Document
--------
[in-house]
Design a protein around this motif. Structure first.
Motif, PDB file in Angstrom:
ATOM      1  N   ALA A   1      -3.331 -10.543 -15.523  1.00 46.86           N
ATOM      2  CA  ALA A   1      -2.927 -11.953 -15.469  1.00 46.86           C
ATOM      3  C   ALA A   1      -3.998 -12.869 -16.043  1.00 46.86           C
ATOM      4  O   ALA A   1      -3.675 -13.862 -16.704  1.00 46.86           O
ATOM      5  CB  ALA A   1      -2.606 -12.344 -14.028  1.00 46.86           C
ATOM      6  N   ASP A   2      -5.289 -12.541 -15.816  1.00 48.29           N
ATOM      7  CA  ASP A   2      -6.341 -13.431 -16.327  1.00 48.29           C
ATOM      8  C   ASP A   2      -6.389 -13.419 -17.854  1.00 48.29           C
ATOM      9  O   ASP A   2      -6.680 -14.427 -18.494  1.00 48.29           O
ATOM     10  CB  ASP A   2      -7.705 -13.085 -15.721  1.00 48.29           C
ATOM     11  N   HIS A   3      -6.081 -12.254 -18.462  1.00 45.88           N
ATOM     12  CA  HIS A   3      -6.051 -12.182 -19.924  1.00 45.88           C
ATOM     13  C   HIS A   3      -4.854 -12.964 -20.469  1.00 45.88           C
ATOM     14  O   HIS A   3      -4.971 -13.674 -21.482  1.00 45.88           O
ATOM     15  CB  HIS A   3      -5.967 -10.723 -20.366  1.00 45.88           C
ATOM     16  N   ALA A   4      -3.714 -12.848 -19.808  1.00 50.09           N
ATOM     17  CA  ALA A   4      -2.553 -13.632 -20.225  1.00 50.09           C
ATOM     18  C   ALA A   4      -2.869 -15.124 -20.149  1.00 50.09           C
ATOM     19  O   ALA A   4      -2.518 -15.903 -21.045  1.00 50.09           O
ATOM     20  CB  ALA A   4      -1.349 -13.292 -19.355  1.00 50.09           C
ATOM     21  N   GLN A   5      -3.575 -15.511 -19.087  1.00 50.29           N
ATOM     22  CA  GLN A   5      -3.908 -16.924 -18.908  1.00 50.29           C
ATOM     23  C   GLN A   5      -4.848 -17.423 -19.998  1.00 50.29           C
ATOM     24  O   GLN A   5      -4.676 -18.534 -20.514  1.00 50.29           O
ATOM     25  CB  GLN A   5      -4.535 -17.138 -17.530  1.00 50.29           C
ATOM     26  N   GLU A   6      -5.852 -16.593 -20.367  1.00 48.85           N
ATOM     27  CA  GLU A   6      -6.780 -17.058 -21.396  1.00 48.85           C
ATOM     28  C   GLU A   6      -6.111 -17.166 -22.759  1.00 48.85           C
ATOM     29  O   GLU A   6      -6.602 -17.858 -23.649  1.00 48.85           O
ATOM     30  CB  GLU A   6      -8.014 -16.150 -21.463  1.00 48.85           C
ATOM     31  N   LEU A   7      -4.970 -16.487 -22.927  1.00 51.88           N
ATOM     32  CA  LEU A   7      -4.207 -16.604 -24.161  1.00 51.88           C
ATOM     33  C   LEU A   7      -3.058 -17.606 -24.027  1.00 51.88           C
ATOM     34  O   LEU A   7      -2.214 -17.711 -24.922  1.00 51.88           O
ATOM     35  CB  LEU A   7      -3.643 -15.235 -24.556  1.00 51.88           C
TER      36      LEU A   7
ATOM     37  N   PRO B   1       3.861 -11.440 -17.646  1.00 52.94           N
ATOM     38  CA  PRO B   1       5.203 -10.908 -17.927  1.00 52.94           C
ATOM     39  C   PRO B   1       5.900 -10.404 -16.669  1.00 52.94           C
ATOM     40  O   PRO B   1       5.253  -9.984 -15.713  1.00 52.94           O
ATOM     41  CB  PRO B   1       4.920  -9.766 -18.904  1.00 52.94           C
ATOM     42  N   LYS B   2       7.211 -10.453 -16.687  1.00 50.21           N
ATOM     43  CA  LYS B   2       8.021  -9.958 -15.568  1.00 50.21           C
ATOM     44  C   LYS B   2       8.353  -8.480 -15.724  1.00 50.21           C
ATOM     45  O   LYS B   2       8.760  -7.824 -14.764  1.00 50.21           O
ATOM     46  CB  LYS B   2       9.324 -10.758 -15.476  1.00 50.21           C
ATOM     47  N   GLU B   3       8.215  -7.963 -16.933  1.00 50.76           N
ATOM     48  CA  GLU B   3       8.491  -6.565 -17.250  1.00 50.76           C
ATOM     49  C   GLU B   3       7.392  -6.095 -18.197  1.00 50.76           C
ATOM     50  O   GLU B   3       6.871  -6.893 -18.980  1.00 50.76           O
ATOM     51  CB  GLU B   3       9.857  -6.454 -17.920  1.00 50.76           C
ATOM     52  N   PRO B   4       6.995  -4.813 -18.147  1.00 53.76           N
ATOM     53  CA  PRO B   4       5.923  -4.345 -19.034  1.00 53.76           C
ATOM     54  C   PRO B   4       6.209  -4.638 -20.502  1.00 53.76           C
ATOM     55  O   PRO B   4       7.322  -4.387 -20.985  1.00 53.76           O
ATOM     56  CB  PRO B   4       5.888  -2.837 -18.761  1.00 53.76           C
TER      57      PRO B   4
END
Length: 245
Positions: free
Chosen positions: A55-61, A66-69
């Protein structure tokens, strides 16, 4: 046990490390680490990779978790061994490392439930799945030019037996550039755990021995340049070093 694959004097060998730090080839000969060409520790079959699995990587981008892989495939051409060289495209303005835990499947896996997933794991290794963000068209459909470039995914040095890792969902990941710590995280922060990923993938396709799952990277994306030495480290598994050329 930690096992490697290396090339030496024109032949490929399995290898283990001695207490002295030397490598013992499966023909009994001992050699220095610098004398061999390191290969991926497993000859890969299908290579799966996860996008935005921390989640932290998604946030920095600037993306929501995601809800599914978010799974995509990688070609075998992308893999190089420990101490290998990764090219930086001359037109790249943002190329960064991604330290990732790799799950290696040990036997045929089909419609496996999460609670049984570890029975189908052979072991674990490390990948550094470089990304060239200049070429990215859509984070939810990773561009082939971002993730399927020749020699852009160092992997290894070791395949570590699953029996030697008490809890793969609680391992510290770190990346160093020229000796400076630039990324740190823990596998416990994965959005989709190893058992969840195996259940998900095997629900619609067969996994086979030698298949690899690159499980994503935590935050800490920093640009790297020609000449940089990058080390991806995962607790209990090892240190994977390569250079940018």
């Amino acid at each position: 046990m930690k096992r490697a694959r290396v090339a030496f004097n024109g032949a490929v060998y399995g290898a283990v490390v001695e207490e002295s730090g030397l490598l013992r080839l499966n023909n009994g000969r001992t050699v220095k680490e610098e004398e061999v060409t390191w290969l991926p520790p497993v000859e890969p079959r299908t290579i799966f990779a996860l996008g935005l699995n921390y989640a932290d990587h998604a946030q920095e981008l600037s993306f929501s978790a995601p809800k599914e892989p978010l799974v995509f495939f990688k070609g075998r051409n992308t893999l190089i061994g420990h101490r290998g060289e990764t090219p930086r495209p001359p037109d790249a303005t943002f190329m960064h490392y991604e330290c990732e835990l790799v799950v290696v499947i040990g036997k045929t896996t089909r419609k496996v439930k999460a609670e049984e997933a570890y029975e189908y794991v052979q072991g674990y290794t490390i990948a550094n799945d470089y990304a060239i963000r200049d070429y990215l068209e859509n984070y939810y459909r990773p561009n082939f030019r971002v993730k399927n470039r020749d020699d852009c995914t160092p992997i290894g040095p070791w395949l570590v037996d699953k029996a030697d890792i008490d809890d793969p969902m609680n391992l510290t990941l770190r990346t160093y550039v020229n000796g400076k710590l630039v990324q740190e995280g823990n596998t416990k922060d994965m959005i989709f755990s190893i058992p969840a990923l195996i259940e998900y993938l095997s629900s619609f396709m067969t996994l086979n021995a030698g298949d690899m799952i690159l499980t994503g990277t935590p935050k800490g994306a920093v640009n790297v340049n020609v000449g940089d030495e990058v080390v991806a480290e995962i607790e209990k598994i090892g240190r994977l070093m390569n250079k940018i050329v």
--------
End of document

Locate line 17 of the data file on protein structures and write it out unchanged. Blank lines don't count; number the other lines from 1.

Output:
ATOM     14  O   HIS A   3      -4.971 -13.674 -21.482  1.00 45.88           O